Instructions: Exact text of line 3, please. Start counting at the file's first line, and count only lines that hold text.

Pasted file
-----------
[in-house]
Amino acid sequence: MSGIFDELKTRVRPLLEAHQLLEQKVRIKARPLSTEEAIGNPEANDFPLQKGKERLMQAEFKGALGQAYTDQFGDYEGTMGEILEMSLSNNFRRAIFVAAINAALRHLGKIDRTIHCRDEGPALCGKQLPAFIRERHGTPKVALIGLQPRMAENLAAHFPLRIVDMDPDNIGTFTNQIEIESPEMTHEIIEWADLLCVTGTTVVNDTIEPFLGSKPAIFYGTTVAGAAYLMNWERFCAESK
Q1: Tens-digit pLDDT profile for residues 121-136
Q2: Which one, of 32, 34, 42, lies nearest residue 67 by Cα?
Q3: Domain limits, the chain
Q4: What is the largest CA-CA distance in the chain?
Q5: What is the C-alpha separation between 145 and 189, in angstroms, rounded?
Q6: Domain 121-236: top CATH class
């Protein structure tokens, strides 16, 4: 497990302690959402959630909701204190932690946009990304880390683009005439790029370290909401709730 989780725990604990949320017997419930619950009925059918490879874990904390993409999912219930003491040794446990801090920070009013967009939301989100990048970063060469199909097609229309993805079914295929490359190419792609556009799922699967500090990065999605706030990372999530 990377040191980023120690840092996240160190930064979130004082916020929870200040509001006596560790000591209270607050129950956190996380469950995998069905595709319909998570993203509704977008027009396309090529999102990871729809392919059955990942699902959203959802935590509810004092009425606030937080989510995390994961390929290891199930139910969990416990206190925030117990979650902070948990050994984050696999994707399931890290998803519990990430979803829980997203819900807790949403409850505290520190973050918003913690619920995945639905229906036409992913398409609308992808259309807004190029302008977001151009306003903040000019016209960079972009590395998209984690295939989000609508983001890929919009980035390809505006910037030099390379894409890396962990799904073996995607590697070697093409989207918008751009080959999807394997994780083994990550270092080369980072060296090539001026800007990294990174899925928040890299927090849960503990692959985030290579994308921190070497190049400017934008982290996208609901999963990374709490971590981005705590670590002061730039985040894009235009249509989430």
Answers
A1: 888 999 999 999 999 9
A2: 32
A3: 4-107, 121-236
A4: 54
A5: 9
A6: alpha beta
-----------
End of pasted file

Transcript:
Q1: Tens-digit pLDDT profile for residues 121-136